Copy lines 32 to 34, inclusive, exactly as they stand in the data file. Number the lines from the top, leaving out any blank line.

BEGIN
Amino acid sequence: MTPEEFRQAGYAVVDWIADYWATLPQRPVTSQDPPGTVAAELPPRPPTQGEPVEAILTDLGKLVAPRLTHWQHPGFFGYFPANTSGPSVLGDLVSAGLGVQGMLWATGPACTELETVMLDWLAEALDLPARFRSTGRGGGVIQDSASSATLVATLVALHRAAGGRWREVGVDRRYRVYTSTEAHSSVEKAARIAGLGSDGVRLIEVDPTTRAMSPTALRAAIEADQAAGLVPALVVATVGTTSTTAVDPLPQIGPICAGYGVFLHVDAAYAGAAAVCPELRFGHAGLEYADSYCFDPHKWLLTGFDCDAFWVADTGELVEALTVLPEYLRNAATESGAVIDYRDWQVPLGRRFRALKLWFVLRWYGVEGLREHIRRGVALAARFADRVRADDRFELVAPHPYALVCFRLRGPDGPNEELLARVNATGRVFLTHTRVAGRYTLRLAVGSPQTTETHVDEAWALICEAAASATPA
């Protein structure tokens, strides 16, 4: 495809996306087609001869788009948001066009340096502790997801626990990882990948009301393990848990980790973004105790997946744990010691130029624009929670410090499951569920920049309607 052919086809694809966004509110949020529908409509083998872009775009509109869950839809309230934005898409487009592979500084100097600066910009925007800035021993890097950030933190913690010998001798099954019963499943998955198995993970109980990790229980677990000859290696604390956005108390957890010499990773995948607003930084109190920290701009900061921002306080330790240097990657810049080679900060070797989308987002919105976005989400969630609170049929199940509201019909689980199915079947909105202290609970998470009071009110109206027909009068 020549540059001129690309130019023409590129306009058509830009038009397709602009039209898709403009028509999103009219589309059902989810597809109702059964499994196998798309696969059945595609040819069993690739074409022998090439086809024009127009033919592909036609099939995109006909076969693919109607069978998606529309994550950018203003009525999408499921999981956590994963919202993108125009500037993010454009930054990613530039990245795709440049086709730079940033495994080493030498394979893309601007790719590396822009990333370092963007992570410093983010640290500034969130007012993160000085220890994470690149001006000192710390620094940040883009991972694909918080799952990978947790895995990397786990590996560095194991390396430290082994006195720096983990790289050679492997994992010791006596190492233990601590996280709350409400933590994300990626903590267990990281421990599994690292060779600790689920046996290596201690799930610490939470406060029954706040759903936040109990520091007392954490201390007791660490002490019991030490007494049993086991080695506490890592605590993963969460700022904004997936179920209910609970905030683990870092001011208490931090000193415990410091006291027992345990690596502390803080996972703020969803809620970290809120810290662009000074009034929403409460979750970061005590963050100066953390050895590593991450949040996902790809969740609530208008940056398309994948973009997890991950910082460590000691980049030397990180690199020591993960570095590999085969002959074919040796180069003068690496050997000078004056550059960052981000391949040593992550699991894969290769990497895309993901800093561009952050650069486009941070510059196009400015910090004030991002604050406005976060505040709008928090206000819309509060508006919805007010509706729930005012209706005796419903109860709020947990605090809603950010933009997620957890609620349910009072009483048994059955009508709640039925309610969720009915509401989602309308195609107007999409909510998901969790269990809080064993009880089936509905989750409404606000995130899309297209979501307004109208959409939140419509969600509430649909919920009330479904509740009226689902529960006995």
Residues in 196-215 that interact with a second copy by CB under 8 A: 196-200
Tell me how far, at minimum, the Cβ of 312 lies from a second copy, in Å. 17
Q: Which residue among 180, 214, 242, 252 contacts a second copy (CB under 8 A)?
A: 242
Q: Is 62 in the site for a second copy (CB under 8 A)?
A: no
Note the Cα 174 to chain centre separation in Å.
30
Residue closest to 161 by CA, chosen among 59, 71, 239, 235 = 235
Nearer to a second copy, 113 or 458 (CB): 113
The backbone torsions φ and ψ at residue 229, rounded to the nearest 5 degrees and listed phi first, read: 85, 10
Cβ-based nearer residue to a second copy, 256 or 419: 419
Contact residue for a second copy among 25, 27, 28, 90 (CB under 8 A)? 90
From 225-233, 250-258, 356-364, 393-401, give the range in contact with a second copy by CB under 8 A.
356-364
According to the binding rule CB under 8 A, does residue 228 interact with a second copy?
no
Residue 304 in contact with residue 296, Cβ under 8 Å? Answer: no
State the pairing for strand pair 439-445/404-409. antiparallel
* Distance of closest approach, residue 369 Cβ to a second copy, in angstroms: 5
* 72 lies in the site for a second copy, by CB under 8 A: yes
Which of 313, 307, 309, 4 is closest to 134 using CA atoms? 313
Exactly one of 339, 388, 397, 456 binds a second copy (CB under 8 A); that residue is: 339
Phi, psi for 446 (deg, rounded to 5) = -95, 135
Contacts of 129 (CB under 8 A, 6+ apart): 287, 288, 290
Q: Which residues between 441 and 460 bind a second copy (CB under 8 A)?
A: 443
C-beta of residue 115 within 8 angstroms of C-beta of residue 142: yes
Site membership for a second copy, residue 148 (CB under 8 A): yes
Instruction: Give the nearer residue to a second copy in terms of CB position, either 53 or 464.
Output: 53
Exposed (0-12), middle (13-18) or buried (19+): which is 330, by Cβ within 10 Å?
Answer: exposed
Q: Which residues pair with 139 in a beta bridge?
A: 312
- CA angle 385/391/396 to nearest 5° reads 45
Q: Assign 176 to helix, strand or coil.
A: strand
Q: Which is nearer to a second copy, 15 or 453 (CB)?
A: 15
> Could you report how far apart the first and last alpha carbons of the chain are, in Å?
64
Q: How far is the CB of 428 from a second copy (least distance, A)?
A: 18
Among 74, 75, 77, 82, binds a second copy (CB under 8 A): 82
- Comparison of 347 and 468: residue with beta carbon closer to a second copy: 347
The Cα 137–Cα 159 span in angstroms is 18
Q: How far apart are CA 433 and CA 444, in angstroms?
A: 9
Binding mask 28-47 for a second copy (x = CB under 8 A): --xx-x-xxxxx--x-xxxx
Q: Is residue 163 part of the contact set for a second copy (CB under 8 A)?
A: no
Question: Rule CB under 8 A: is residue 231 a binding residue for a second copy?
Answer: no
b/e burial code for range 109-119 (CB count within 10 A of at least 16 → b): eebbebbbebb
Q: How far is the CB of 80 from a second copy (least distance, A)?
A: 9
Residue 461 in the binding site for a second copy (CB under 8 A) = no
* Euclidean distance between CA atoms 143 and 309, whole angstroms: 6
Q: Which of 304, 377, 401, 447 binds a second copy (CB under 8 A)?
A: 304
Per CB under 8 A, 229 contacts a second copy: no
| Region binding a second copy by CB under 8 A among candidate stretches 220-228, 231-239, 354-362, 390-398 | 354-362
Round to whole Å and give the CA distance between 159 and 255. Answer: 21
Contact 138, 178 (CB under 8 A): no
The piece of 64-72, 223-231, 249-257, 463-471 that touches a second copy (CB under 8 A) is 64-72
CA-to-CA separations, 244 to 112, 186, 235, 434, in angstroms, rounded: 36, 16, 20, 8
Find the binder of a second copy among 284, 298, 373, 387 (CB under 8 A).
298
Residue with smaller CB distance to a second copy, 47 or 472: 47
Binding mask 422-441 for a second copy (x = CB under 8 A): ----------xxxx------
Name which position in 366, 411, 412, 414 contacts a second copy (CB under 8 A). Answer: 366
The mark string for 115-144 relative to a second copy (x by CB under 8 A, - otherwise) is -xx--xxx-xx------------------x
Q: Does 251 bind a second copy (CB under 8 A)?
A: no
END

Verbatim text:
Instruction: Give the nearer residue to a second copy in terms of CB position, either 53 or 464.
Output: 53
Exposed (0-12), middle (13-18) or buried (19+): which is 330, by Cβ within 10 Å?